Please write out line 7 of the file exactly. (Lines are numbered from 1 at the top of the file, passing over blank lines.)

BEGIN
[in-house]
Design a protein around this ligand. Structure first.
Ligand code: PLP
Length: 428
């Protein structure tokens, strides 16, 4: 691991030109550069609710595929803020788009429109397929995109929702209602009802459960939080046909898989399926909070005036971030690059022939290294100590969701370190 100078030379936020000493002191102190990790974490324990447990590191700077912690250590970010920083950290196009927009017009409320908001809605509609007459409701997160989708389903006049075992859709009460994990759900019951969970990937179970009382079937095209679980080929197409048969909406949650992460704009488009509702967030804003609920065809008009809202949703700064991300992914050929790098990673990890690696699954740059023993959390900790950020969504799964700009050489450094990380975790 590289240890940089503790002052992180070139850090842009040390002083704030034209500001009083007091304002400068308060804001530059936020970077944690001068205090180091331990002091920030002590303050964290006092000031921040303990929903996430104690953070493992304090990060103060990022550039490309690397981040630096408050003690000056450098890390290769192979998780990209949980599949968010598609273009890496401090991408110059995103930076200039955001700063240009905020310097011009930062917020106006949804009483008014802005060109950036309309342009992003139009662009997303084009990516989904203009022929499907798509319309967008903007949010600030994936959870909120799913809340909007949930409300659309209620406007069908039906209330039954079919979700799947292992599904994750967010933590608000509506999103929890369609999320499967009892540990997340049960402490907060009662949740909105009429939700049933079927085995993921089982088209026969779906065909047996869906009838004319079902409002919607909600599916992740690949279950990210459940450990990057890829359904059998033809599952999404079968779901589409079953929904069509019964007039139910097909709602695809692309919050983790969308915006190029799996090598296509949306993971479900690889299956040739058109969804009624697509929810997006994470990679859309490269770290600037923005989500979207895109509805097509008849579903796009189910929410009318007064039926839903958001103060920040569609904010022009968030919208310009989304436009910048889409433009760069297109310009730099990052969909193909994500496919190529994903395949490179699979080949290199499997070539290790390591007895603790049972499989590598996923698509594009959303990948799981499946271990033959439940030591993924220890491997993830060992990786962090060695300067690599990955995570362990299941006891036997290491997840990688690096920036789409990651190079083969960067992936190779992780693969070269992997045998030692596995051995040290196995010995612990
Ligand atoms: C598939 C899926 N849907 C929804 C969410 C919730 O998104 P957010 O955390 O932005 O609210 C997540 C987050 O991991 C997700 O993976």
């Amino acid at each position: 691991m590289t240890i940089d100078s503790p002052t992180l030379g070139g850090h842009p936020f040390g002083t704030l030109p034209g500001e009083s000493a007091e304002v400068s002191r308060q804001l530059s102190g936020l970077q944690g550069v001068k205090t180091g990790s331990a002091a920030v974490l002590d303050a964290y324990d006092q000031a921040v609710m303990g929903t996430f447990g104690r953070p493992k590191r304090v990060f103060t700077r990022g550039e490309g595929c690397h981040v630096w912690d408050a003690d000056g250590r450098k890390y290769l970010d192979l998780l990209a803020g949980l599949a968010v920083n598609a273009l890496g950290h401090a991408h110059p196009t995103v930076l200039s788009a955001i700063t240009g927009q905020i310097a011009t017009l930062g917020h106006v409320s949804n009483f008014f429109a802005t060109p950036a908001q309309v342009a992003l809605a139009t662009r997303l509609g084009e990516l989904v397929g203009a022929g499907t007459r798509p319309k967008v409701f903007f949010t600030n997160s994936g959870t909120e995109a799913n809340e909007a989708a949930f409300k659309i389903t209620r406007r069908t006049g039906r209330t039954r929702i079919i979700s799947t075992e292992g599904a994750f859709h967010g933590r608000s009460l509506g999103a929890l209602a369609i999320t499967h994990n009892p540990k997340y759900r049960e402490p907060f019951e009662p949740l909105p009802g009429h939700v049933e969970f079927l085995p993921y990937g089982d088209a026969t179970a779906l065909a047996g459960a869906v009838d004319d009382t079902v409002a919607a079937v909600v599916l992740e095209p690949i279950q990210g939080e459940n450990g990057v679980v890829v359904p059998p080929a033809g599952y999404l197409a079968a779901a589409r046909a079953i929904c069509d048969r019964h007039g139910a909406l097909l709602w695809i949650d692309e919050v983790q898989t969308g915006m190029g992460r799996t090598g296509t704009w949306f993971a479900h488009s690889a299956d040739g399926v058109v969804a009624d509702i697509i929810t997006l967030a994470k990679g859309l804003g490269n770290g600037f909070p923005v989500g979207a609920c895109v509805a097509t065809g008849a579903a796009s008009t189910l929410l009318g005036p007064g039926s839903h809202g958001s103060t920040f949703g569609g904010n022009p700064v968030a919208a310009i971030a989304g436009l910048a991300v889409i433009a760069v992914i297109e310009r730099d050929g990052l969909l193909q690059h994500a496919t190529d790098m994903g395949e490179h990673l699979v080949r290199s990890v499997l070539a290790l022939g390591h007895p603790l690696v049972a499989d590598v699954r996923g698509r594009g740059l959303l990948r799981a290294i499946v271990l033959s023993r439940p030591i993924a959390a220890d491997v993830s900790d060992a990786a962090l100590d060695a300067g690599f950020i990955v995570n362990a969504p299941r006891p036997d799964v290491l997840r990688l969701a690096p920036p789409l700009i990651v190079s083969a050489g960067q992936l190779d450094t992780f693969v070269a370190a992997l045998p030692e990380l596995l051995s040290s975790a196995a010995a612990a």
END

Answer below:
């Amino acid at each position: 691991m590289t240890i940089d100078s503790p002052t992180l030379g070139g850090h842009p936020f040390g002083t704030l030109p034209g500001e009083s000493a007091e304002v400068s002191r308060q804001l530059s102190g936020l970077q944690g550069v001068k205090t180091g990790s331990a002091a920030v974490l002590d303050a964290y324990d006092q000031a921040v609710m303990g929903t996430f447990g104690r953070p493992k590191r304090v990060f103060t700077r990022g550039e490309g595929c690397h981040v630096w912690d408050a003690d000056g250590r450098k890390y290769l970010d192979l998780l990209a803020g949980l599949a968010v920083n598609a273009l890496g950290h401090a991408h110059p196009t995103v930076l200039s788009a955001i700063t240009g927009q905020i310097a011009t017009l930062g917020h106006v409320s949804n009483f008014f429109a802005t060109p950036a908001q309309v342009a992003l809605a139009t662009r997303l509609g084009e990516l989904v397929g203009a022929g499907t007459r798509p319309k967008v409701f903007f949010t600030n997160s994936g959870t909120e995109a799913n809340e909007a989708a949930f409300k659309i389903t209620r406007r069908t006049g039906r209330t039954r929702i079919i979700s799947t075992e292992g599904a994750f859709h967010g933590r608000s009460l509506g999103a929890l209602a369609i999320t499967h994990n009892p540990k997340y759900r049960e402490p907060f019951e009662p949740l909105p009802g009429h939700v049933e969970f079927l085995p993921y990937g089982d088209a026969t179970a779906l065909a047996g459960a869906v009838d004319d009382t079902v409002a919607a079937v909600v599916l992740e095209p690949i279950q990210g939080e459940n450990g990057v679980v890829v359904p059998p080929a033809g599952y999404l197409a079968a779901a589409r046909a079953i929904c069509d048969r019964h007039g139910a909406l097909l709602w695809i949650d692309e919050v983790q898989t969308g915006m190029g992460r799996t090598g296509t704009w949306f993971a479900h488009s690889a299956d040739g399926v058109v969804a009624d509702i697509i929810t997006l967030a994470k990679g859309l804003g490269n770290g600037f909070p923005v989500g979207a609920c895109v509805a097509t065809g008849a579903a796009s008009t189910l929410l009318g005036p007064g039926s839903h809202g958001s103060t920040f949703g569609g904010n022009p700064v968030a919208a310009i971030a989304g436009l910048a991300v889409i433009a760069v992914i297109e310009r730099d050929g990052l969909l193909q690059h994500a496919t190529d790098m994903g395949e490179h990673l699979v080949r290199s990890v499997l070539a290790l022939g390591h007895p603790l690696v049972a499989d590598v699954r996923g698509r594009g740059l959303l990948r799981a290294i499946v271990l033959s023993r439940p030591i993924a959390a220890d491997v993830s900790d060992a990786a962090l100590d060695a300067g690599f950020i990955v995570n362990a969504p299941r006891p036997d799964v290491l997840r990688l969701a690096p920036p789409l700009i990651v190079s083969a050489g960067q992936l190779d450094t992780f693969v070269a370190a992997l045998p030692e990380l596995l051995s040290s975790a196995a010995a612990a």